Local authorities nationwide started implementing a new policy to crack down on illegal parking last Thursday. Most people welcome stricter enforcement, since it presumably means safer streets and a smoother traffic flow. But there are many who don’t like the new system, in particular people who operate motor vehicles for a living. The media has concentrated on the crackdown’s likely effect on delivery people, since there’s a widespread belief that a vehicle will be ticketed even if it stops for one minute. Wide shows have predicted swarms of parking monitors sweeping through downtown areas tagging everything in sight. It’s the attack of the meter maids.

Except that the new monitors seem to be, mostly, middle-aged men. One of the main features of the new system is that the police will no longer check parking, at least in large cities. That work is being outsourced to private companies who bid for contracts with local government bodies. These bodies train and certify the selected company’s employees as parking patrols.

An NHK report aired two weeks ago looked at other examples of outsourced parking enforcement operations. South Korea’s seems to be successful since its main purpose is to discourage illegal parking, rather than punish violators. London’s, however, is fraught with problems. It uses contract workers as monitors who, because they work on commission, write as many citations as possible. Some delivery people receive as many as four tickets a day.

NHK interviewed a traffic expert who said that the main problem with Japan’s old parking enforcement system was that people who were ticketed felt discriminated against. The new system will eliminate this “Why me?” factor. However, the expert didn’t say anything about the real goal of parking enforcement, which is to clear the streets of automobile clutter.

It’s not clear how the new system will accomplish this. According to the National Police Agency, at any given moment in 2005 there were an estimated 976,000 illegally parked cars in Tokyo, which amounts to 427 million parking violations over the course of a year. The police gave out 470,000 parking tickets in 2005, meaning only about 0.1 percent of violators were cited. When the new system was being discussed in the Diet in 2004, an NPA representative said they hoped to double the number of parking tickets with the new system, which means optimally only 0.2 percent of violators will be cited.

So even if the new system works according to plan, it will hardly solve Tokyo’s parking problems. Journalist Ryoichi Imai, a traffic expert writing in Shukan Kinyobi, claims that the real purpose of the new system has little to do with cleaning up illegally parked cars.

The real innovation isn’t the outsourcing of parking patrols, but rather the method of administering fines. With the old system, when a driver receives a violation notice (kakunin hosho), he is required to report the violation and receive a form, which he then uses to pay his fine. By reporting the violation, he, in effect, pleads guilty to a traffic offense and receives penalty points on his driver’s license. If one accumulates a certain number of points, the driving license is suspended.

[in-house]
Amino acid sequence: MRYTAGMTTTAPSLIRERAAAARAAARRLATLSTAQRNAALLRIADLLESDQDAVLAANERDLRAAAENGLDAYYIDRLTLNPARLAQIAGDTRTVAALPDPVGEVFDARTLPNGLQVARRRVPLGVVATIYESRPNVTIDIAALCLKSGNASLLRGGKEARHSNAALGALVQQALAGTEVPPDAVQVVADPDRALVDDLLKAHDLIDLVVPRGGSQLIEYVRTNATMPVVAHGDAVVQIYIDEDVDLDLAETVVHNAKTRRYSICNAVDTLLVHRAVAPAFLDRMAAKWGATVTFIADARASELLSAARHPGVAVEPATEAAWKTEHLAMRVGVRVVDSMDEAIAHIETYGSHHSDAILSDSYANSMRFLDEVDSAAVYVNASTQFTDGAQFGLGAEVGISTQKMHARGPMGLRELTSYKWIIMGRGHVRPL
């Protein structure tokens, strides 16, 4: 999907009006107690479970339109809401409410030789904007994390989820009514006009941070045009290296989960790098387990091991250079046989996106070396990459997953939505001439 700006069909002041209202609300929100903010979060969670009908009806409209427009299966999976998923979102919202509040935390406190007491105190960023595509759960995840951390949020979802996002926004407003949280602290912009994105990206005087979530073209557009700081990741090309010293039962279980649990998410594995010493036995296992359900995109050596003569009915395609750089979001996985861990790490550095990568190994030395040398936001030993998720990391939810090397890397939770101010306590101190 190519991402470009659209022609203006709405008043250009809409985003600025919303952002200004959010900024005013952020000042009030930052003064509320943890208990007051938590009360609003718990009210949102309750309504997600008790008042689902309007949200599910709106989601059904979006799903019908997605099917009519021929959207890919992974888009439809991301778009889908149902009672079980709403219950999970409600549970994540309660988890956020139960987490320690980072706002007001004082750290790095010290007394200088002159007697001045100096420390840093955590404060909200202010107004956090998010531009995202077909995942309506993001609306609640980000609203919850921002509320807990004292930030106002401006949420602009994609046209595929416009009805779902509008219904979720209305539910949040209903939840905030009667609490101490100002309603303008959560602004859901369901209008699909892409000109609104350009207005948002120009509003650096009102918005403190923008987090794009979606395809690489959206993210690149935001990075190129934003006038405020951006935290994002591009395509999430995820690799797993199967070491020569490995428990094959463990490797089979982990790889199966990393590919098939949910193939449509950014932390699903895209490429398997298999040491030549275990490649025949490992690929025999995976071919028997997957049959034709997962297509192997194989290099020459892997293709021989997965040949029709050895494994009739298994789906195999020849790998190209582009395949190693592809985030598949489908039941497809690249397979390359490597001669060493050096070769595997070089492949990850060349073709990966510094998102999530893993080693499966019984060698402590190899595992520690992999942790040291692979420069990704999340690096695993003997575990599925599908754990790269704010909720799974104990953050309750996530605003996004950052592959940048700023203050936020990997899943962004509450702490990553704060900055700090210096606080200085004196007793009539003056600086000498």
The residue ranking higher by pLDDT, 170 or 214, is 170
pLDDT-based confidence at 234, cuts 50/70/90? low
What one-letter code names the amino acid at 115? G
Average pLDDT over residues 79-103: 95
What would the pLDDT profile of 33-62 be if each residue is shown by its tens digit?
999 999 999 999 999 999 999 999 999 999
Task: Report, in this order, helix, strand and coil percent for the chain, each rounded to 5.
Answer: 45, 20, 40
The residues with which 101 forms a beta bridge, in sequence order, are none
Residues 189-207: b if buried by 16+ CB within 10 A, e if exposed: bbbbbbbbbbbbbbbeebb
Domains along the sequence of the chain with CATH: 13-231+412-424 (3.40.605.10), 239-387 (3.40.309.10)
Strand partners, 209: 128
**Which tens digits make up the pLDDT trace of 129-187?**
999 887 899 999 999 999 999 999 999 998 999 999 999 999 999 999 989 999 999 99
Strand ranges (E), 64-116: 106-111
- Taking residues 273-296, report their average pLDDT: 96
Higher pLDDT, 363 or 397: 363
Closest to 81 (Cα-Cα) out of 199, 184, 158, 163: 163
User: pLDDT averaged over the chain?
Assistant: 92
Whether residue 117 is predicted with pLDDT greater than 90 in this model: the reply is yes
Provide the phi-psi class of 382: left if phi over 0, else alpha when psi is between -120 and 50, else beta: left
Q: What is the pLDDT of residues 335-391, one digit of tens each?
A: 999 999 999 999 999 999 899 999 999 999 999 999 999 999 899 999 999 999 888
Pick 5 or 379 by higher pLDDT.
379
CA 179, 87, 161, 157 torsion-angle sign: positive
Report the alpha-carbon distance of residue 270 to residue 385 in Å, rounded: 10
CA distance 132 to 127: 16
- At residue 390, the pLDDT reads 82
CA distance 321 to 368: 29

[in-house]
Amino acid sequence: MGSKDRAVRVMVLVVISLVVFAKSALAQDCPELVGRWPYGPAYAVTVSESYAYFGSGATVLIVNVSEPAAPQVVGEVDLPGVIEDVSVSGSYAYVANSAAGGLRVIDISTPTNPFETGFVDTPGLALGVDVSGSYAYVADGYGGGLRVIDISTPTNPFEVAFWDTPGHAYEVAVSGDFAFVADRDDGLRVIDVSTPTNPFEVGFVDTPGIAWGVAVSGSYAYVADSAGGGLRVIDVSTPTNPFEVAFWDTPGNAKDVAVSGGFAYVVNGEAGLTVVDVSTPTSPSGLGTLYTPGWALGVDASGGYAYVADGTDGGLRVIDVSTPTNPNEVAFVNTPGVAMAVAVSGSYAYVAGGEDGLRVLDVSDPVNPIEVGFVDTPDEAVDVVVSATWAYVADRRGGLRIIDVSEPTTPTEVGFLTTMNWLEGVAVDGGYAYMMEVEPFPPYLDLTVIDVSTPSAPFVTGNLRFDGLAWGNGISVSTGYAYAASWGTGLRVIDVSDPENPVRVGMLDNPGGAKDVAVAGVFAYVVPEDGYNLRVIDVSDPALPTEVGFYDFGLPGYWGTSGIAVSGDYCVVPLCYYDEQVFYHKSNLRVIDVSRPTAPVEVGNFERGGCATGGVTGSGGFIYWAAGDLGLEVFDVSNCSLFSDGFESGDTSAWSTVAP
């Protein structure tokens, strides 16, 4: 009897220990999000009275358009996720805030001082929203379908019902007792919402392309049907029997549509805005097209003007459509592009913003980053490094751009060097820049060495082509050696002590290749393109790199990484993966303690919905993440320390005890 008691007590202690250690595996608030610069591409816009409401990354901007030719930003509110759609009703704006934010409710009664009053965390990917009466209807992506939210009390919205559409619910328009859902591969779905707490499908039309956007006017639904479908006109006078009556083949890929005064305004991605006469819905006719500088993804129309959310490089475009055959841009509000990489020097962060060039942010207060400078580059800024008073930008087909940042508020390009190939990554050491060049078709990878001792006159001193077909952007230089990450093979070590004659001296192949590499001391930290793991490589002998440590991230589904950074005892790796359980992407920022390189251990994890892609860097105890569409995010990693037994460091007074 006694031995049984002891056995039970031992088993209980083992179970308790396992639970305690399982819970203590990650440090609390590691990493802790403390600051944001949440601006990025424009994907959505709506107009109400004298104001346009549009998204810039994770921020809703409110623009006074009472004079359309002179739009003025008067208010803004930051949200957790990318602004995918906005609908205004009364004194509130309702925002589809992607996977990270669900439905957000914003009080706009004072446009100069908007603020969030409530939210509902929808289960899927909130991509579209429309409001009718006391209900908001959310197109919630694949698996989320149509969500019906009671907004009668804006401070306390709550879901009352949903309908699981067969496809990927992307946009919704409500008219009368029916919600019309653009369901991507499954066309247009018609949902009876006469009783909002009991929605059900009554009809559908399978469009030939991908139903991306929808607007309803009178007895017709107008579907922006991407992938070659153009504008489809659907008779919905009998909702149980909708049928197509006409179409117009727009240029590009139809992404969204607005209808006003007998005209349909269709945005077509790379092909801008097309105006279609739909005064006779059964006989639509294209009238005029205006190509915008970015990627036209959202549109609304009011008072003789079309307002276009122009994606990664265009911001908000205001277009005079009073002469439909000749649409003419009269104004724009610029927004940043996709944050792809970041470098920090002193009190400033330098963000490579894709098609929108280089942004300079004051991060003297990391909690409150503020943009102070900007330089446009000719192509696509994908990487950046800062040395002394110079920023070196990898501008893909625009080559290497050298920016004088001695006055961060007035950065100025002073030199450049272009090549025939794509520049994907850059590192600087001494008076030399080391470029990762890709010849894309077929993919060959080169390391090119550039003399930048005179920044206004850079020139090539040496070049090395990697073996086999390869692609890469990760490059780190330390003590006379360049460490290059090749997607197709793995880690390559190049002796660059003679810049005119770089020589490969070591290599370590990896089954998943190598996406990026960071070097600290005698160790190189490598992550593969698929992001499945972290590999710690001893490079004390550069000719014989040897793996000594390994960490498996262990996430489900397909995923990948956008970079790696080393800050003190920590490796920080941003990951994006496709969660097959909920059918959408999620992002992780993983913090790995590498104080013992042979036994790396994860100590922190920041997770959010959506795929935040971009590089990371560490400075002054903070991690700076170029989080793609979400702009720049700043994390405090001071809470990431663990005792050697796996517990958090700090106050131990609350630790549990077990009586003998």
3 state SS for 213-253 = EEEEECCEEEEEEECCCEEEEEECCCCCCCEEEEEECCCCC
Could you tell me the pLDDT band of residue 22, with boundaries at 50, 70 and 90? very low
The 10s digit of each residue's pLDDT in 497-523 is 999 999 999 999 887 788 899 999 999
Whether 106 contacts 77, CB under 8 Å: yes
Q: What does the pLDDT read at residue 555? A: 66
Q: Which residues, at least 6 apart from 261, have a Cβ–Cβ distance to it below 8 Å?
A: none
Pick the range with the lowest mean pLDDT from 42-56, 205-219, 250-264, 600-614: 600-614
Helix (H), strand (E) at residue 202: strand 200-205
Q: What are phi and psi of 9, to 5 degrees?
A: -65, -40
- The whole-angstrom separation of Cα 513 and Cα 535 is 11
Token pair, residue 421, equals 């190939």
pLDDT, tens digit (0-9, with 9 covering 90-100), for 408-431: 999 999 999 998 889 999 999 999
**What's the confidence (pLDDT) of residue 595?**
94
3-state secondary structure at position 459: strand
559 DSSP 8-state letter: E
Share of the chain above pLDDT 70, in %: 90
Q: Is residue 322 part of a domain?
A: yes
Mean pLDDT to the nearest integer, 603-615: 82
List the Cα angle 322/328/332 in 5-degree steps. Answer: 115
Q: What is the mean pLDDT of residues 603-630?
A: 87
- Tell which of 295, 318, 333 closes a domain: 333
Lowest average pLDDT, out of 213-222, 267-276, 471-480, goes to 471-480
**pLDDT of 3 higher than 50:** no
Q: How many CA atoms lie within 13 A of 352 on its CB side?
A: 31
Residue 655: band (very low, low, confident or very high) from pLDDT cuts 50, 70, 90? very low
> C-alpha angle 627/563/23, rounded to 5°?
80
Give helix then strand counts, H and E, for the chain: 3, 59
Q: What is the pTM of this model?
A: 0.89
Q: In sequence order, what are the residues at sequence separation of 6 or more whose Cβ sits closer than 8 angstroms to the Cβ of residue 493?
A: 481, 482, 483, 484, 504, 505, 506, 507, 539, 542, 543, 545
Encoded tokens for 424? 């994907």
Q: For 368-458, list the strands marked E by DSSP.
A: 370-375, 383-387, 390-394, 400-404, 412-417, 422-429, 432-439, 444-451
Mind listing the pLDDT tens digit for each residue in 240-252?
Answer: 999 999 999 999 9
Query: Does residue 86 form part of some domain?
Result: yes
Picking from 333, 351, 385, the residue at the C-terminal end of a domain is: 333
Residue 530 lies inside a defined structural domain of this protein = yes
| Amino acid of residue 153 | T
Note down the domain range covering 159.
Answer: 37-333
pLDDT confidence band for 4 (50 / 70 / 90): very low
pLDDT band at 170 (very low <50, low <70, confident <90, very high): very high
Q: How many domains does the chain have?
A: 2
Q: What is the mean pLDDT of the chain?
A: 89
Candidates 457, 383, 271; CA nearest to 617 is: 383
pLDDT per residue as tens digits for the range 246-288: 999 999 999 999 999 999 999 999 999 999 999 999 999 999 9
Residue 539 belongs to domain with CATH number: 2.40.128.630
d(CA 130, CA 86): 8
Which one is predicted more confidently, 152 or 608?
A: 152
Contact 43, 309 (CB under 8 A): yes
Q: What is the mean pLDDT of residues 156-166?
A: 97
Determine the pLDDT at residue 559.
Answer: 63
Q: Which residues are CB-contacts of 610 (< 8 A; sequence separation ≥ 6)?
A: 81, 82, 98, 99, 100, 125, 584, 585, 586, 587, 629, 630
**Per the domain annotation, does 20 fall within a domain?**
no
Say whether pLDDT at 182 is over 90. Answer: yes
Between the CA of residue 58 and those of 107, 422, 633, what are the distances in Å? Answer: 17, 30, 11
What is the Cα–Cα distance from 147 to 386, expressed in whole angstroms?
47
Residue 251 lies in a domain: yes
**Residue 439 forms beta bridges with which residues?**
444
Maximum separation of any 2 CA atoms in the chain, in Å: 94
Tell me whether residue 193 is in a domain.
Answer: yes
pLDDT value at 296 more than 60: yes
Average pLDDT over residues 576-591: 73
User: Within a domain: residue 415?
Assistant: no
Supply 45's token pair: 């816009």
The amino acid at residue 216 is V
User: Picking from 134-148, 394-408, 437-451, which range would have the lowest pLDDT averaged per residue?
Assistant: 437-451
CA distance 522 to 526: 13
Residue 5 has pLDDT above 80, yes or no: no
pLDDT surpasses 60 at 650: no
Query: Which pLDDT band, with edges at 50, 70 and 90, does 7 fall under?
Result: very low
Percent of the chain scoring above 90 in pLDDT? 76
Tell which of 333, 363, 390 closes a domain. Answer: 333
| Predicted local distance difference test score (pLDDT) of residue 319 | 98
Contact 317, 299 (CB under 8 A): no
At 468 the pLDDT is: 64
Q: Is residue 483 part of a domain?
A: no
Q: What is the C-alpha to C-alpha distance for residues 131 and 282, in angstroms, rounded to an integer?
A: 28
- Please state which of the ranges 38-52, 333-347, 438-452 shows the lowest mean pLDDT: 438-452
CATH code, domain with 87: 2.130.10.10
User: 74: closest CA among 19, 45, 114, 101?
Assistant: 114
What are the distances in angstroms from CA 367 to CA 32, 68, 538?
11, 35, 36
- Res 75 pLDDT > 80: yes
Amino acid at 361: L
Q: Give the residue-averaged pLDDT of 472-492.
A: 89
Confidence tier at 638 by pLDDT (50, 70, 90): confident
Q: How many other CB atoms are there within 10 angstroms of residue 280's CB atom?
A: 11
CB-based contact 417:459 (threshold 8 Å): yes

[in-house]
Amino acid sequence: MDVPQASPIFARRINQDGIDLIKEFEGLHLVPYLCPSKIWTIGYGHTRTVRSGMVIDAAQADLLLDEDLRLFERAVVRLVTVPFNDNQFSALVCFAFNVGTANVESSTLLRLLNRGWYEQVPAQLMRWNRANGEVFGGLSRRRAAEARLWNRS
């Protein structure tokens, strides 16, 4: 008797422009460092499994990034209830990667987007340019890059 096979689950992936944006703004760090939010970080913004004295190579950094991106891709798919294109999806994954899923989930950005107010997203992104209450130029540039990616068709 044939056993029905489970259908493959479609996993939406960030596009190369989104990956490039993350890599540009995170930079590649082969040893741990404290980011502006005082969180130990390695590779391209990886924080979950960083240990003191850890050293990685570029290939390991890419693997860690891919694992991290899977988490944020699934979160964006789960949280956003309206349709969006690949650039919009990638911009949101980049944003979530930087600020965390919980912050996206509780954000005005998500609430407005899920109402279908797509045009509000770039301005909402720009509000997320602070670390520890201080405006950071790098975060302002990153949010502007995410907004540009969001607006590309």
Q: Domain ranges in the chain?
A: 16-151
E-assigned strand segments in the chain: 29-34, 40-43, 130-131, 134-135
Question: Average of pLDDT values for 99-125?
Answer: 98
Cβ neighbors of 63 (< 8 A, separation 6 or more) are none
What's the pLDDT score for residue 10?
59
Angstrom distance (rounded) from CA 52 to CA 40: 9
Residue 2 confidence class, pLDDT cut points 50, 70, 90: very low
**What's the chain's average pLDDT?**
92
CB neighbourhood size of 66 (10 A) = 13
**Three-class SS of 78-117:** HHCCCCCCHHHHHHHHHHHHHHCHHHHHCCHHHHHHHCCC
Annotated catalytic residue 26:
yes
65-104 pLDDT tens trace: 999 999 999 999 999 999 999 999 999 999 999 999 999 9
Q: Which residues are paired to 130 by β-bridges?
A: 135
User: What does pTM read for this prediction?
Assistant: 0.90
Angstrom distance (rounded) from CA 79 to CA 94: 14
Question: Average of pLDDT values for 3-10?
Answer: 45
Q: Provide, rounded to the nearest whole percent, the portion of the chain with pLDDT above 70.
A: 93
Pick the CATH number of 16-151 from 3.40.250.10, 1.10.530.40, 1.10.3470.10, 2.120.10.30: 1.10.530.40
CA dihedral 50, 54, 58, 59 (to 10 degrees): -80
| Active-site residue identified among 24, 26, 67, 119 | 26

This system remains, but there is a new feature called hochi ihankin (neglect fine). Not surprisingly, many drivers do not report violations. From now on when this happens, the person who owns the ticketed car is sent a payment form, regardless of whether or not he was the person who parked the car. No traffic penalty points are involved, but if the owner doesn’t pay, the authorities will not renew the car’s certificate of mandatory vehicle inspection (shaken). If the owner accumulates unpaid violations, the car can be impounded.

The difference is obvious. With the old method the driver is punished. With the new one the car is punished, and illegal parking is decriminalized. Obviously, no one is going to report violations any more, and Imai conjectures that the only reason the old system has been retained is that it gives the police some marginal involvement in the parking issue. Hochi ihankin is book-keeping, not police work.

It’s an important distinction. Illegally parked cars provide valuable revenues for local governments, about 20 billion yen a year. Under the old system, all traffic fines, including those for parking, were paid to a central fund and then redistributed to local governments to pay for traffic safety measures and equipment.

Under the new system, fines paid through the hochi ihankin system go directly to the local government, and since the local government pays for the monitors who give out the tickets, the system is self-perpetuating. Theoretically, a crackdown would mean fewer violations which, in the long run, would necessitate fewer monitors. But as the Tokyo parking statistics for 2005 show, any system that relies only on punishment has little real effect on illegal parking. The only way to solve the problem of automobile clutter is better city planning and stricter traffic control laws.

One concern is how the private sector will profit from the new system. Asahi Shimbun has already reported that many of the companies who provide patrols have former policemen and retired NPA officials on their payrolls. And in Osaka, two of the six companies selected also own parking lots, which means they make money off of parking violators coming and going.

However, the new system does appear to accomplish one of its stated purposes, which is to free the police from parking patrol duties and allow them to pursue more important work. Last week, I passed by my local police station and saw four uniformed officers washing a patrol car. It was really clean.